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Every year, hundreds of thousands of Americans file for bankruptcy. Even though it damages the consumer’s credit for years and many people would do almost anything to avoid bankruptcy, it’s sometimes the best and fastest way for a debtor to recover from financial hardship.

It’s not a decision to make lightly, but it’s also an option you don’t want to ignore for too long, because if your situation could be helped by bankruptcy, you only prolong your financial struggle by putting it off. There are many signs bankruptcy might be right for you, like seeing your debt balances grow even though you’re making payments, raiding your retirement savings to make debt payments, struggling with an underwater mortgage, or putting others — such as your family— at risk if you don’t take care of your debt.

A bankruptcy can remain on your credit reports for up to 10 years from the date it was filed, though you might be able to have it removed earlier. Once you file for bankruptcy, you want to start practicing good credit habits, like making any remaining debt payments on time and keeping credit balances very low. You could use a secured credit card to rebuild your credit, (here are some of the best secured credit cards out there) and you’ll also want to make sure you stay on top of other financial obligations, so unpaid bills don’t get sent to a debt collector and end up damaging your already-shaky credit standing. You can also track your credit rebuilding progress by getting a free credit report summary every 30 days on Credit.com.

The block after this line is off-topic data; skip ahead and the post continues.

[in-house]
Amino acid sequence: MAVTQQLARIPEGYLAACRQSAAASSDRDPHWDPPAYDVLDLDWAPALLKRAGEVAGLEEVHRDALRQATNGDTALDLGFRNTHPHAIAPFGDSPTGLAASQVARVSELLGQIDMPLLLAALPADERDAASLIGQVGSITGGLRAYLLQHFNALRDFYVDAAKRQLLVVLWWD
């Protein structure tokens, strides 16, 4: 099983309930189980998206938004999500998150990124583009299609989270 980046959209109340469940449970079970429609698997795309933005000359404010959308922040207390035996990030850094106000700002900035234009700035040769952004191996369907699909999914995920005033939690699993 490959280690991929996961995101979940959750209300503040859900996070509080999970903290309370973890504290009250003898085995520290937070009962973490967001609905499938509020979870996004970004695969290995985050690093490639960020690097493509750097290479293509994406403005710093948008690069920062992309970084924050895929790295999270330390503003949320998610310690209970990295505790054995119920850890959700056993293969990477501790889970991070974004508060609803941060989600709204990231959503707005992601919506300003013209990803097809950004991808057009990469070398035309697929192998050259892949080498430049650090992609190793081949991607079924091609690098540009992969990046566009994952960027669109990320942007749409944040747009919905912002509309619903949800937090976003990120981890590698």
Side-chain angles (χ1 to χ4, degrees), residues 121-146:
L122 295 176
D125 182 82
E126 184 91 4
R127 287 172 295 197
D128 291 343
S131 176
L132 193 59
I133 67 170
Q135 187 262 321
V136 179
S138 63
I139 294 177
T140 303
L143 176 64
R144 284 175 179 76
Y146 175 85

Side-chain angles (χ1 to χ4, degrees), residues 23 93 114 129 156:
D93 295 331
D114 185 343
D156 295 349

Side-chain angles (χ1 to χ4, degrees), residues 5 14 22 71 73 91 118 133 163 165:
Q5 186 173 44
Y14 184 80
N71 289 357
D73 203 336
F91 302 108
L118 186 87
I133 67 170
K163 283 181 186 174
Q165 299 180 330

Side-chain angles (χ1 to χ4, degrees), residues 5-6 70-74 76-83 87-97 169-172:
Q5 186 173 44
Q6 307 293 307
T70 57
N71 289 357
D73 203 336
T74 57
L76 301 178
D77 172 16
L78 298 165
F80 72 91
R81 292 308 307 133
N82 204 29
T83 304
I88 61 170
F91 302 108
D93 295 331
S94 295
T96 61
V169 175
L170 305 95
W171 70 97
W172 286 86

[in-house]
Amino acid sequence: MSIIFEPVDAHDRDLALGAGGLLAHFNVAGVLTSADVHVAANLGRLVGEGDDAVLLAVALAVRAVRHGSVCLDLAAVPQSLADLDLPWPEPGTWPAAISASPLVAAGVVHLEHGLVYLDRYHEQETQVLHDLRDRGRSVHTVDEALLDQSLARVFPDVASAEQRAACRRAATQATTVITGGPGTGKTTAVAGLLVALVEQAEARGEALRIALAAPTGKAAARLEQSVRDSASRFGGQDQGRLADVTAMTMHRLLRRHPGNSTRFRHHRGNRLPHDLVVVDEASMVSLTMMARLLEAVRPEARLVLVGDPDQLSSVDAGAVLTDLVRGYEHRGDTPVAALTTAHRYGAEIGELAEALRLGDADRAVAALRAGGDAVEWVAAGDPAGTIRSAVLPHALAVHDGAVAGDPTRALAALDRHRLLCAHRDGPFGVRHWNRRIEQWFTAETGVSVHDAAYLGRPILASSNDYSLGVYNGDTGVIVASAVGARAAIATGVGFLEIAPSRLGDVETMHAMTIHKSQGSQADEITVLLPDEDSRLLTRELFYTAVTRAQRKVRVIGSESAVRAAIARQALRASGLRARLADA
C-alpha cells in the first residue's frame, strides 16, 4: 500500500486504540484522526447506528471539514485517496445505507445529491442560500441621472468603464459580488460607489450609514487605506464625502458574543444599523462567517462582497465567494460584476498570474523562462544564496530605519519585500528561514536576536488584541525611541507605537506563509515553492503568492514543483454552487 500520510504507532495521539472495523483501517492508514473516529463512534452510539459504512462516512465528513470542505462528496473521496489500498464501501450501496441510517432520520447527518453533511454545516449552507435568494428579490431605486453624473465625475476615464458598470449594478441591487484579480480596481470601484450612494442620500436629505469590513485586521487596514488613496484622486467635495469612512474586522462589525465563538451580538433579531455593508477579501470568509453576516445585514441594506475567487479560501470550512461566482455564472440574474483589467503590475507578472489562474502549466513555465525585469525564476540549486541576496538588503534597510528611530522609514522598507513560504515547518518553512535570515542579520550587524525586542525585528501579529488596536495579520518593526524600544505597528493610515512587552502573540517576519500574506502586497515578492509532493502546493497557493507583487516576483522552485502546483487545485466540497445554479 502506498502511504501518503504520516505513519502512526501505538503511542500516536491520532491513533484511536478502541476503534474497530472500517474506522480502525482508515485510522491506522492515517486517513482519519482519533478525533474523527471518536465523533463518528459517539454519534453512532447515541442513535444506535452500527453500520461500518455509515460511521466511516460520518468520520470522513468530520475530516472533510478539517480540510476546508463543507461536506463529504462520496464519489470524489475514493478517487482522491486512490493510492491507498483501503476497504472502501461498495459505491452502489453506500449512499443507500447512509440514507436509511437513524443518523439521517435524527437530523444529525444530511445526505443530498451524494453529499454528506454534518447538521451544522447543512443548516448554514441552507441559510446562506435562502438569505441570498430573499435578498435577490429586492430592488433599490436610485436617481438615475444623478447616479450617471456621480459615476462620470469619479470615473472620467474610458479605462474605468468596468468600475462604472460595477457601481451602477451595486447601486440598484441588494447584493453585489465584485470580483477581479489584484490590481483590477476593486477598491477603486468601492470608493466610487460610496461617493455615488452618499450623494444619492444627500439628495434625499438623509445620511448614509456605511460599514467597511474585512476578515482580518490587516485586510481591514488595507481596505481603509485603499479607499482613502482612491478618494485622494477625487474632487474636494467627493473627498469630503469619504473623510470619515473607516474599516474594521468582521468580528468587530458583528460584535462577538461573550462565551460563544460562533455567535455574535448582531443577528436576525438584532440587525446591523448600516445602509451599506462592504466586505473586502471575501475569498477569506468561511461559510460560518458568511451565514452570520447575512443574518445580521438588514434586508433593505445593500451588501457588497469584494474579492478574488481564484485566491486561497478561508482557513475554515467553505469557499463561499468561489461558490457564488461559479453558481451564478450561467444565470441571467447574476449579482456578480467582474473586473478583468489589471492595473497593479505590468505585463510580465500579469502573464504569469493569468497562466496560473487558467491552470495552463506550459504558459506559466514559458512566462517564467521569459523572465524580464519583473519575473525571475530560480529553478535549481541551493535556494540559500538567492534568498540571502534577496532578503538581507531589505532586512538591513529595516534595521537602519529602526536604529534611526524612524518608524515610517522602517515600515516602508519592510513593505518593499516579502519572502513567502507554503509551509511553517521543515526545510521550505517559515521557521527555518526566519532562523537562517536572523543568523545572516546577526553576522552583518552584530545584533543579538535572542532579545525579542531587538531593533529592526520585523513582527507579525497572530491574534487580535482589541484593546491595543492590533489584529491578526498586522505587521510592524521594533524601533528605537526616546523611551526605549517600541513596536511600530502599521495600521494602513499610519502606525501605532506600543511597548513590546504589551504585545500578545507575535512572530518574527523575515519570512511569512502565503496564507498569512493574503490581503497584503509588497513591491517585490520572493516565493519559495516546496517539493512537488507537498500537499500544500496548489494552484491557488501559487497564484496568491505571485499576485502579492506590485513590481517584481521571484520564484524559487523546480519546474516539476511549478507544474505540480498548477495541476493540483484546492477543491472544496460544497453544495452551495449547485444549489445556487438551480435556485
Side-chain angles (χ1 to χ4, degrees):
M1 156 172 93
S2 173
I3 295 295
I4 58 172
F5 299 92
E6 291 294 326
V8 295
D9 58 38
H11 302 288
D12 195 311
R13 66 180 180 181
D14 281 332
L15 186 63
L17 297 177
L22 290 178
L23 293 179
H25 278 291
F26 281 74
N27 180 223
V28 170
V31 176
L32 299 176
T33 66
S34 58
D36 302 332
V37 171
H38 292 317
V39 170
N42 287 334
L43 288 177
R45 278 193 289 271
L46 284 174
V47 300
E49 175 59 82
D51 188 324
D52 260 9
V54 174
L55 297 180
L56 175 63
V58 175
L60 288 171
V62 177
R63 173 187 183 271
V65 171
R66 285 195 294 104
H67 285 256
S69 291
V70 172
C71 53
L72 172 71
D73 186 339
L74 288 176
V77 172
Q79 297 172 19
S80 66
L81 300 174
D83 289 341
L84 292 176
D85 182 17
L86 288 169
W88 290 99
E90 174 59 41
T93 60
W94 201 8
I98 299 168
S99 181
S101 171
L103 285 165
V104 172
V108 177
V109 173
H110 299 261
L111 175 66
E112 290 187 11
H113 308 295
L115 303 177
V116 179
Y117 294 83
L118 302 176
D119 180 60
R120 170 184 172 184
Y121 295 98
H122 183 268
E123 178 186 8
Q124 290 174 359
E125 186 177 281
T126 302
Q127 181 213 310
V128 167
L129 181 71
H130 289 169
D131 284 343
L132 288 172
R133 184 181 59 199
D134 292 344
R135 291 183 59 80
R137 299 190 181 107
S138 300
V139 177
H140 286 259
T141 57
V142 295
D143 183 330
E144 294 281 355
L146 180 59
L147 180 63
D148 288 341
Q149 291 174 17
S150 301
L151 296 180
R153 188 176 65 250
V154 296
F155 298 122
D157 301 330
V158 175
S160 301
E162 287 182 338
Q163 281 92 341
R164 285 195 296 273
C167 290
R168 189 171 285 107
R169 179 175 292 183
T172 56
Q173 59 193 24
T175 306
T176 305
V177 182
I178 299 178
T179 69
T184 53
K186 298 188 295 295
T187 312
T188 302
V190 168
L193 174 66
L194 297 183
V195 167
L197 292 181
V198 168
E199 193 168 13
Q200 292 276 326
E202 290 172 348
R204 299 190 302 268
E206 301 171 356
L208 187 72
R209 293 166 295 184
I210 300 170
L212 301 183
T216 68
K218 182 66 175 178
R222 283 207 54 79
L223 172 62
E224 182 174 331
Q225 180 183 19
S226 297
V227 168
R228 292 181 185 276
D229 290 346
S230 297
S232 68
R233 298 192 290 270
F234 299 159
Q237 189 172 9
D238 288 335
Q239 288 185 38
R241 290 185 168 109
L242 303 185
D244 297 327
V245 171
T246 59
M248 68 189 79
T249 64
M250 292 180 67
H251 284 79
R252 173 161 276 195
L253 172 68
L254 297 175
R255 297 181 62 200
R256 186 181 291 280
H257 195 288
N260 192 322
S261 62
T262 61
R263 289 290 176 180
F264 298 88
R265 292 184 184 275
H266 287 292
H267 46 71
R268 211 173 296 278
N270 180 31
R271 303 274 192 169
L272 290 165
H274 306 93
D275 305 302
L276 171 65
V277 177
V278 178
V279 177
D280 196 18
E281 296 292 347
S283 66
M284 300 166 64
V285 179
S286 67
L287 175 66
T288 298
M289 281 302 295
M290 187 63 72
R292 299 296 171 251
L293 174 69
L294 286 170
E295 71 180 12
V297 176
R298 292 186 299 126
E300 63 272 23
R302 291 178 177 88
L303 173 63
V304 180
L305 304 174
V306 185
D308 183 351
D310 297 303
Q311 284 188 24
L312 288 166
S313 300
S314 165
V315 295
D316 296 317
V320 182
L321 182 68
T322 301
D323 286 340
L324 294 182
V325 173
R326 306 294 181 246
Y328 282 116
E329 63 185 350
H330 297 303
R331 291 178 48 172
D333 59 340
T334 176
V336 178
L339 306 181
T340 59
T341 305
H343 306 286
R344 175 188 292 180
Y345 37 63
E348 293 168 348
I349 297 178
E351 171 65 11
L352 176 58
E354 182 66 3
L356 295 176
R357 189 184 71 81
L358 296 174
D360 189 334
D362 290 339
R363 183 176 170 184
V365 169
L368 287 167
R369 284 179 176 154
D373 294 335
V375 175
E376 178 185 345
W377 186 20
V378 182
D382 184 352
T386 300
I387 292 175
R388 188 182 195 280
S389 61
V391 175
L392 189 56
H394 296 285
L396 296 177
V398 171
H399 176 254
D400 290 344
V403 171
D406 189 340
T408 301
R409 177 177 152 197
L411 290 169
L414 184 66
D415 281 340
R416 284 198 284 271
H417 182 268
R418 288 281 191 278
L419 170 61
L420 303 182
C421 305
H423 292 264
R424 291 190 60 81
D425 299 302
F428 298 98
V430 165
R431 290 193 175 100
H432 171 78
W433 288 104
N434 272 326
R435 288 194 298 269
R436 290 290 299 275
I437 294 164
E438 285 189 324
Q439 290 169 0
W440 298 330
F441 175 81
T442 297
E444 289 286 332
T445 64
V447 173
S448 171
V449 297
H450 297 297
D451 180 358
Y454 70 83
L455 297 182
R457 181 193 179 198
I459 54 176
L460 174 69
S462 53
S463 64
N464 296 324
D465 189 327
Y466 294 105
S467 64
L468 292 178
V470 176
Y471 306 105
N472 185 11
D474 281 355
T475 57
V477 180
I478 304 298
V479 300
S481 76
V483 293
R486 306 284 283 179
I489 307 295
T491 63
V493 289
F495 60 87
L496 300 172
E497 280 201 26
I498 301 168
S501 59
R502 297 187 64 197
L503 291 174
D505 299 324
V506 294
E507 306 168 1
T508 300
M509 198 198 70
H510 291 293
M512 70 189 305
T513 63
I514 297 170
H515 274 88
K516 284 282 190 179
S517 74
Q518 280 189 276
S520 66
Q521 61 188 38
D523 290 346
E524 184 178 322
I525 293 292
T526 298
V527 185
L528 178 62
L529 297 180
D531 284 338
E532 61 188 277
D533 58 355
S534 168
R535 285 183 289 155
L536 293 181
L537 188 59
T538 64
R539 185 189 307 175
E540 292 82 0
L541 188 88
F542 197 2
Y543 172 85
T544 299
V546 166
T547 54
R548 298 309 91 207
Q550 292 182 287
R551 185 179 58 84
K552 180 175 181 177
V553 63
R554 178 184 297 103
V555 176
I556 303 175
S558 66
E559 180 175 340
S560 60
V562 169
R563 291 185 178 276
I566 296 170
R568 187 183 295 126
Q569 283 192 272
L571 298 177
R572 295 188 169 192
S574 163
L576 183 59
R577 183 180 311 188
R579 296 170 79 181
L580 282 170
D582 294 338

In 2014, there were 898,970 non-business bankruptcy filings in the 50 states and the District of Columbia, coming out to a bankruptcy rate of 2.8 people in bankruptcy per 1,000 people. In a few parts of the country, bankruptcy is much more common, according to bankruptcy data from the Administrative Office of the U.S. Courts and 2014 population estimates from the U.S. Census Bureau. Here are the states with the highest bankruptcy rates last year.

10. Mississippi
2014 bankruptcy rate: 3.62 bankruptcies per 1,000 people

9. Arkansas
Bankruptcy rate: 3.71 per 1,000

8. Kentucky
Bankruptcy rate: 3.78 per 1,000

7. Nevada
Bankruptcy rate: 3.79 per 1,000

6. Indiana
Bankruptcy rate: 4.36 per 1,000

5. Utah
Bankruptcy rate: 4.59 per 1,000

4. Illinois
Bankruptcy rate: 4.68 per 1,000

3. Georgia
Bankruptcy rate: 5.1314 per 1,000

2. Alabama
Bankruptcy rate: 5.1316 per 1,000

1. Tennessee
Bankruptcy rate: 5.89 per 1,000

Bankruptcy is a worthwhile consideration for anyone who struggling with debts they can’t expect to repay over the course of a few years, but it’s not a get-out-of-debt-free strategy. Filing for bankruptcy takes a huge toll on your credit, and you generally can’t discharge student loans in bankruptcy. Consult a bankruptcy attorney to find out if it’s the best option for you.

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